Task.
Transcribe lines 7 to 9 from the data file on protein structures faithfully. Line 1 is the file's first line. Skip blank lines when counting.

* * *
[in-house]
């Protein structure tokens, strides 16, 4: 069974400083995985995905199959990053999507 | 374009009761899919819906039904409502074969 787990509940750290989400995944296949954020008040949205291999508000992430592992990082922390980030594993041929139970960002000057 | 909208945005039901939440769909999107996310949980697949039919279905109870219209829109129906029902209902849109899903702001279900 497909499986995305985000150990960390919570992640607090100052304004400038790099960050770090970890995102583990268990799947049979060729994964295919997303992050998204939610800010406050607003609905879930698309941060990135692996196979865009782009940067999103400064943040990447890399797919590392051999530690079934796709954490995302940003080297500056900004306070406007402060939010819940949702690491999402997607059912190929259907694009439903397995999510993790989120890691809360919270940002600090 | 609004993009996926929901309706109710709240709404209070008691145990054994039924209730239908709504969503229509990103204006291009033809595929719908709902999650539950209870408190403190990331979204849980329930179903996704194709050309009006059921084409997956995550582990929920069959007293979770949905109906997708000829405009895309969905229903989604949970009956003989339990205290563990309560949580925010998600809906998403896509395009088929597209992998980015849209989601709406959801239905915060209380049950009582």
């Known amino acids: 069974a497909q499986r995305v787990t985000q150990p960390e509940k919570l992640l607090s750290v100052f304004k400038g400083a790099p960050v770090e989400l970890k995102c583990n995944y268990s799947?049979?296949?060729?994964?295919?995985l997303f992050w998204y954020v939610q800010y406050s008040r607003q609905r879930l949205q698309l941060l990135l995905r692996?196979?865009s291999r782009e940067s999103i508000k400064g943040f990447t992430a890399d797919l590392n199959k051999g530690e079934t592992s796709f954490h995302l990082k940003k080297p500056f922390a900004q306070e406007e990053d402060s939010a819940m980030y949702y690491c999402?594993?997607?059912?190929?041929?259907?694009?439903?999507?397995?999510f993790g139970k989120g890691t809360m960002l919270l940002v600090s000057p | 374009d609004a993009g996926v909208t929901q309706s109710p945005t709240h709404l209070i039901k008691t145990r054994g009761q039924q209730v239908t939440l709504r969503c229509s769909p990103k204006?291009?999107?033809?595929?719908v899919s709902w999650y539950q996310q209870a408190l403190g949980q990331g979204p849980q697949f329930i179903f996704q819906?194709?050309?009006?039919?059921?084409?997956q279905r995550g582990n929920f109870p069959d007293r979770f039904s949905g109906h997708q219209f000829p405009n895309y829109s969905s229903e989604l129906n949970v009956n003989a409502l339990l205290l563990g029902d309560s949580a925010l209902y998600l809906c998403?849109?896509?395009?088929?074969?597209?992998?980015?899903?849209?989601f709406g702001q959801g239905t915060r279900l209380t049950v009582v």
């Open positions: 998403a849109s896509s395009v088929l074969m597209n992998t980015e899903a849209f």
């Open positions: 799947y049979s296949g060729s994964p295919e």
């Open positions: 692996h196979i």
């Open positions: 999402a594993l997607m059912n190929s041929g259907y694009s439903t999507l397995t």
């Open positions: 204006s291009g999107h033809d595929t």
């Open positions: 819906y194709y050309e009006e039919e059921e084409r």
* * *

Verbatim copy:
């Open positions: 999402a594993l997607m059912n190929s041929g259907y694009s439903t999507l397995t």
């Open positions: 204006s291009g999107h033809d595929t």
């Open positions: 819906y194709y050309e009006e039919e059921e084409r």